“Nothing could alter the calm of the forest… or so it seemed”. Strange Creatures is a beautifully stylistic papier-mâché animation which can be understood as a modern fable. The film is the first collaboration between Cristóbal Léon—who has made a number of successful short and feature films over the past years in collaboration with Joaquín Cociña—and illustrator and animator Cristina Sitja. It is an adaptation of Sitja’s 2014 children’s book of the same title (Extrañas Criaturas in Spanish) in which she wanted to talk about the effects of human actions on nature.
The film begins in the idyllic forest, with all the creatures—bears, birds and bunnies—enjoying each others’ company in harmony. Frolicking in the grass or eating communally, they share joyous moments together within the safety and comfort of their environment. Until one day, they return from an outing to find the forest cleared and their home destroyed. They immediately set about to find a solution, cobbling together a new domicile out of waste materials left by the loggers, but this doesn’t weather the elements. It’s only when they truly encounter the strange creatures of the film’s title— humans—that a solution begins to take shape. They impress on them the importance of the forest and ecosystem, and convince them they all need to work together to create a solution that works for everyone.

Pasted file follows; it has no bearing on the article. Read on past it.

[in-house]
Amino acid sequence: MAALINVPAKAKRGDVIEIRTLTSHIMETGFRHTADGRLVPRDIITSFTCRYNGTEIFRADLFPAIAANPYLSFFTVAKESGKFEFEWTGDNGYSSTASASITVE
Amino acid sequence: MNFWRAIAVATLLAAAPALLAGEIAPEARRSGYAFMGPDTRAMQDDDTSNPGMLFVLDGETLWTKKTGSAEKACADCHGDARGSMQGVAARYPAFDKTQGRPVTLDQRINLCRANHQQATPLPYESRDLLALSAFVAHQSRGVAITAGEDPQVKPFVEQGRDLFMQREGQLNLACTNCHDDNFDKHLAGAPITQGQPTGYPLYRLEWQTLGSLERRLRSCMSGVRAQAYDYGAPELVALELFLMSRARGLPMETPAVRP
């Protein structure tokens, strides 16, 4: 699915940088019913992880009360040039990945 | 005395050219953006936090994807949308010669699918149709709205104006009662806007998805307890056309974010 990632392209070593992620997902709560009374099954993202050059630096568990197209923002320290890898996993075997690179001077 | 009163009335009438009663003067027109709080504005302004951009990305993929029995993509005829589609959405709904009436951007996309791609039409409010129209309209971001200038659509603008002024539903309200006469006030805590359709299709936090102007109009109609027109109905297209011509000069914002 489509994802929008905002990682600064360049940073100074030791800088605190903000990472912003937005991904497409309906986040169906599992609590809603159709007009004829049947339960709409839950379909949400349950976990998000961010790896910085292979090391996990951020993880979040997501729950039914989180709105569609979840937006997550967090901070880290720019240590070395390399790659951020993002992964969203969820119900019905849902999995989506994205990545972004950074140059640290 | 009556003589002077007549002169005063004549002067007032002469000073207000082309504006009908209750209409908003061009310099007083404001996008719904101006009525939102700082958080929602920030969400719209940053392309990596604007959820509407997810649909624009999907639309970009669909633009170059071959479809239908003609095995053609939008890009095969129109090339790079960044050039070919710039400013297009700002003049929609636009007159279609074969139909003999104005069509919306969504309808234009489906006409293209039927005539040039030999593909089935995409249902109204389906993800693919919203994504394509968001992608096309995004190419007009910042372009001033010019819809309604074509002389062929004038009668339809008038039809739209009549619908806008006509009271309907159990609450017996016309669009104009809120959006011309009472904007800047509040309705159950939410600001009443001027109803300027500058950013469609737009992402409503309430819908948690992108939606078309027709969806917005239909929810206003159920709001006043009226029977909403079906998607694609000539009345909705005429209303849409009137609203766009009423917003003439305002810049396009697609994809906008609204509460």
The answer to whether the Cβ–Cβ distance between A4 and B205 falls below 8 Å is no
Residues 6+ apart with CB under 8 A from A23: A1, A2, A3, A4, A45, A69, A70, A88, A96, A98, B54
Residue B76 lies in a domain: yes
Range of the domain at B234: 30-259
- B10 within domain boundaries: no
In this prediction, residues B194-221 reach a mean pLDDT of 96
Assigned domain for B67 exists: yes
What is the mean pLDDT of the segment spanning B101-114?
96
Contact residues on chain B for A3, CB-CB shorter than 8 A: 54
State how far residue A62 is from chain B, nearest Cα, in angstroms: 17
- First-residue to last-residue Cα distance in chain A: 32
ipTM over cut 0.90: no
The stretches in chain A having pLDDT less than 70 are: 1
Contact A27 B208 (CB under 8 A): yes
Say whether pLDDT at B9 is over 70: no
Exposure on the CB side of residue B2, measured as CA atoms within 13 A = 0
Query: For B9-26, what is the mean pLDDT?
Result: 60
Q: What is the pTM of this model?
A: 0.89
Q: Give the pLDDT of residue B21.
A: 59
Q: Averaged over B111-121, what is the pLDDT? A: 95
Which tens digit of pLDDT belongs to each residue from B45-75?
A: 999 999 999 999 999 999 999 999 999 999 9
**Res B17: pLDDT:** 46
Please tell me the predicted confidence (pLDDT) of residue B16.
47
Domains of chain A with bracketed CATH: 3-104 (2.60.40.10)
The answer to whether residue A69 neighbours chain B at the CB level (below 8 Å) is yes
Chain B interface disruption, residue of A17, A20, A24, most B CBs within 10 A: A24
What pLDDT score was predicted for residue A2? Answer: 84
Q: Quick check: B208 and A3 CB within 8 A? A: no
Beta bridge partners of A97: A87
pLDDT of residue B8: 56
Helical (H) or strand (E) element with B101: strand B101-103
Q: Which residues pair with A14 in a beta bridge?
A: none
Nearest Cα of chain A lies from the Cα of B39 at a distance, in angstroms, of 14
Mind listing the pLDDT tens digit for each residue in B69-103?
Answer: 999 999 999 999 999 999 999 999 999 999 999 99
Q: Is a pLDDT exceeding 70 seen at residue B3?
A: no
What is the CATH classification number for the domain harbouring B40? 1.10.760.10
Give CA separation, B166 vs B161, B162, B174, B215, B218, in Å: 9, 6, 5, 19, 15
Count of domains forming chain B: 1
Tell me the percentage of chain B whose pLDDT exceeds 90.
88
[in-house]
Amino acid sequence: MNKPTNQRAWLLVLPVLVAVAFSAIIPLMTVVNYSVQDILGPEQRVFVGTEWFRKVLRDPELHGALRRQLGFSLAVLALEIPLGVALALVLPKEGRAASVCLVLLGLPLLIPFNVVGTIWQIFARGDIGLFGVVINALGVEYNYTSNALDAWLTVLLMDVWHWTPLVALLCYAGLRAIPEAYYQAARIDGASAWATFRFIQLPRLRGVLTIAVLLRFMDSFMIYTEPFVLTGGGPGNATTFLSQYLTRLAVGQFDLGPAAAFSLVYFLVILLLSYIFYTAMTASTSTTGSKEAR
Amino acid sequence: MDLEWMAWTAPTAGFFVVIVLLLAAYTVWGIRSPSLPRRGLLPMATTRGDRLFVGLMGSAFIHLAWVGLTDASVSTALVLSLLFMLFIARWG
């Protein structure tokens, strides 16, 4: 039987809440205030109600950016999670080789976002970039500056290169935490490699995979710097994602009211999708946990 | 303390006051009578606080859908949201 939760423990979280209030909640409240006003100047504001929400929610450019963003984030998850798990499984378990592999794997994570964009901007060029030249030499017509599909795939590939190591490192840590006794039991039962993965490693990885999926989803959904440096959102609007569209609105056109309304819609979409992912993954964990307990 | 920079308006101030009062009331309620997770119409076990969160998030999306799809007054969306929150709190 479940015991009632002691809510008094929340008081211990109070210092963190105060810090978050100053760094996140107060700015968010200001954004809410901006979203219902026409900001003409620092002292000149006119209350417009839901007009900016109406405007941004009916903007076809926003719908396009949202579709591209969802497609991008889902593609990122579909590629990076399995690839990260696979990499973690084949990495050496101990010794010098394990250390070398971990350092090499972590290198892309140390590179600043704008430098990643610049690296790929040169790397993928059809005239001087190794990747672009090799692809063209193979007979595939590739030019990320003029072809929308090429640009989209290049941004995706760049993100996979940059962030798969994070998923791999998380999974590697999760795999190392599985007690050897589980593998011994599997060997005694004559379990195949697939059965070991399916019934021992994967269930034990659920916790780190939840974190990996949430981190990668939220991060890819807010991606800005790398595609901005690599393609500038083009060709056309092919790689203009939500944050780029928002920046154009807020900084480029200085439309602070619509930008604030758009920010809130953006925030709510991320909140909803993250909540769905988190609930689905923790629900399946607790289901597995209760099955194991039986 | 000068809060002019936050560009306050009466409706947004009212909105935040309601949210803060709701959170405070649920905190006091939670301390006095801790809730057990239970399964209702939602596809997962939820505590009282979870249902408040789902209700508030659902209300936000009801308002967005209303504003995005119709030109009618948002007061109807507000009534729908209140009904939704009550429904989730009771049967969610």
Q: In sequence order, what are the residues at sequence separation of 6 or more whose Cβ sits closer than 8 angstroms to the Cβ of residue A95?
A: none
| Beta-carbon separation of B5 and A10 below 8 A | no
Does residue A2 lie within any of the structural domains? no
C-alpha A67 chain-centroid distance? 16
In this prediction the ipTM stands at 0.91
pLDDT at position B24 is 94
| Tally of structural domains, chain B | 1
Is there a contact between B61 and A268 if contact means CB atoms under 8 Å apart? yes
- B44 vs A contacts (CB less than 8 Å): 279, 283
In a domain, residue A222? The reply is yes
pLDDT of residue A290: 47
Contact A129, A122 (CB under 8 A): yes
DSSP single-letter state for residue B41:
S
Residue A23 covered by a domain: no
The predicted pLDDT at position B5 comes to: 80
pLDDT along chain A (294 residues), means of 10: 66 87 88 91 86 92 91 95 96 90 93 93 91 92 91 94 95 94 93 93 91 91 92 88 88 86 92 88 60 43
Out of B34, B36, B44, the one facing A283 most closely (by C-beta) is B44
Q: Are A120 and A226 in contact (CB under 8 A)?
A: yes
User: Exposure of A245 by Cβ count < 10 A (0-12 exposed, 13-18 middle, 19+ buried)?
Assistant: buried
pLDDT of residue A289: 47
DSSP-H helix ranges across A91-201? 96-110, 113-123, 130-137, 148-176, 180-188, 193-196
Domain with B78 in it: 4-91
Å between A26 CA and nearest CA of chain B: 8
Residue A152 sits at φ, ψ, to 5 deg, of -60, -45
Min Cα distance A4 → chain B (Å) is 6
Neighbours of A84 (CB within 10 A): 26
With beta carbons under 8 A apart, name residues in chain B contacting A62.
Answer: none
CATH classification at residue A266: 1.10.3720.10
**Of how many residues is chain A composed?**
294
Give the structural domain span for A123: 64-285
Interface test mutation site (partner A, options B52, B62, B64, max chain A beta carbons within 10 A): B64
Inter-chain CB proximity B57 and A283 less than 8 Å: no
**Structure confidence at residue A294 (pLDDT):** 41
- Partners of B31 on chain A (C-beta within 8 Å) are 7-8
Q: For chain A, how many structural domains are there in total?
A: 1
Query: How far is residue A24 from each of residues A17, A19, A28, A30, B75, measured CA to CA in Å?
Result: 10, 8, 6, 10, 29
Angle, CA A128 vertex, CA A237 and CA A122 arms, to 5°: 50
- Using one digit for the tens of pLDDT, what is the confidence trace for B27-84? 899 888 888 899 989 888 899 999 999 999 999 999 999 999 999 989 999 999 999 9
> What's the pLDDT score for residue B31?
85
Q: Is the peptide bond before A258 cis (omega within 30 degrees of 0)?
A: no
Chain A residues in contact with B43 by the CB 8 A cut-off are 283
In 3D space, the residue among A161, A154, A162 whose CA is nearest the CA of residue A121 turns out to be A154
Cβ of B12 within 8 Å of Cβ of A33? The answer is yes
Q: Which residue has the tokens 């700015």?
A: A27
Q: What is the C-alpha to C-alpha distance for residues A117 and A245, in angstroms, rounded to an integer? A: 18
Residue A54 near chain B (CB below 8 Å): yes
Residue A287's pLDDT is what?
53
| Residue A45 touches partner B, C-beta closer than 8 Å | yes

Strange Creatures is a fairytale story that is ripped from our current realities of climate change and eco-disaster. The film has relevance for viewers of any age, and by centring its story around the animals in the forest, it demonstrates how we need to work together to make the planet a balanced ecosystem for the benefit of all forms of life. — Herb Shellenberger